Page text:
A book that covers six cities in five autonomous countries – no matter how much it tries to underline their differences – assumes they share something in common. Each of the countries has elected to collaborate to some degree through the Gulf Cooperation Council (GCC).1 There is relative ease in moving over GCC borders (especially if you are a GCC citizen), and with that ease, there has been a seeping of ideas and expertise from one place to another. One idea of 2009 loaded with considerable social implications for the GCC countries was the return of the GCC railway proposal.

Huge infrastructure projects – Guinness World records for engineering feats, thousands of kilometers of highway (and some rail), vast seaports and airports – have characterized the region’s modernization over the last 60 years. Physical infrastructure is worth more than its weight in concrete and steel; it lends the space for other kinds of infrastructural development: educational, healthcare, economic and cultural. Highways, telegraph technology and a postal system all have their roots in a twentieth-century idea of a unified Gulf. And if the 1970s were characterized by legions laying roads and pipes, the 80s, 90s and 00s were about harnessing those systems in order to build societies.

As with many other good ideas, the rail project is not a result of the crisis, but current economic conditions have certainly given the project resuscitation. In addition to the proposed GCC rail network, other countries are developing their own national rail plans. Saudi Arabia is fueling its economy by expanding upon the region’s sole rail line between Riyadh and Dammam. Abu Dhabi is also pursuing rail to connect its oil industries to its cities and port. The bridge connecting Bahrain to Qatar (auspiciously called the ‘Friendship Causeway’) will not only serve automobiles but will also include a rail corridor. In addition to rail connection, the GCC-wide electrical grid went online in 2009, aiding the region in sharing energy resources and paving the way to overcoming the paradoxical electrical blackouts some areas suffer in this oil-rich region. The energy link also suggests further unity as oil runs out and some governments move toward developing alternative forms of energy with export potential.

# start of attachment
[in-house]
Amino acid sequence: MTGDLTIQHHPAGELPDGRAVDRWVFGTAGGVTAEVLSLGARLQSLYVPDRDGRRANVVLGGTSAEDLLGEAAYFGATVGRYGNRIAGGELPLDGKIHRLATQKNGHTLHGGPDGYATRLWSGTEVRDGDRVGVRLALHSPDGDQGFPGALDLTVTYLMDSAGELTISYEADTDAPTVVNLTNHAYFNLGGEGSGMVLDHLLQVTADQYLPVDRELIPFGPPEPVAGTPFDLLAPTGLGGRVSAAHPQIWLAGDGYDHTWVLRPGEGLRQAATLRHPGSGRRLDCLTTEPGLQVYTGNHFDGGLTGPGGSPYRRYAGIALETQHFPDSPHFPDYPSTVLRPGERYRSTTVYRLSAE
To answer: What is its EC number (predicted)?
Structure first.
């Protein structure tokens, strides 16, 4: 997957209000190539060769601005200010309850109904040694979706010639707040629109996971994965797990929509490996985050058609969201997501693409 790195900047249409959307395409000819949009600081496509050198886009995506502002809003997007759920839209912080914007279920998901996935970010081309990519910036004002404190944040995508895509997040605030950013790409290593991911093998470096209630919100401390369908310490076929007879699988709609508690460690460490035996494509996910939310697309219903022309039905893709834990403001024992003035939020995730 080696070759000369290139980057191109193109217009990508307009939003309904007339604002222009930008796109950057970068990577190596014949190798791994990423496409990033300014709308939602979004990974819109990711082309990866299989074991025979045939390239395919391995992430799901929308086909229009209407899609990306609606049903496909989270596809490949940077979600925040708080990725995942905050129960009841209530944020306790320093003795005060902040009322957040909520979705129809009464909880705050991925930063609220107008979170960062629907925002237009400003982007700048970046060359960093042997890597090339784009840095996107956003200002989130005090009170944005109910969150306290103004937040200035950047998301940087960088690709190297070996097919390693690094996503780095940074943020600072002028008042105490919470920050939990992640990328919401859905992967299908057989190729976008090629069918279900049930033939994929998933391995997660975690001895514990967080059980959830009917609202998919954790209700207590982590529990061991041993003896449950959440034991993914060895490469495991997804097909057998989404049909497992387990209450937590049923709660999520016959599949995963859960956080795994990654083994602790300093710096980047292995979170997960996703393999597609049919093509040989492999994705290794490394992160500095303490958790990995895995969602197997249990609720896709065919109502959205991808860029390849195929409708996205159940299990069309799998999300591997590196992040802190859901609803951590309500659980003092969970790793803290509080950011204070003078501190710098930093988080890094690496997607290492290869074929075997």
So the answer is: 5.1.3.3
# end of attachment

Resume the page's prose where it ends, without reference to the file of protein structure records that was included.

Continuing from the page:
Not to be undervalued, infrastructure also aids in the imaginative process of understanding a common cause. Cities that seem far apart might suddenly be drawn together, physically and psychologically. Right now going from Abu Dhabi to Doha requires one to go through the same routine as from Abu Dhabi to London. Simplifying a travel routine would draw the two cities together, more than ever before.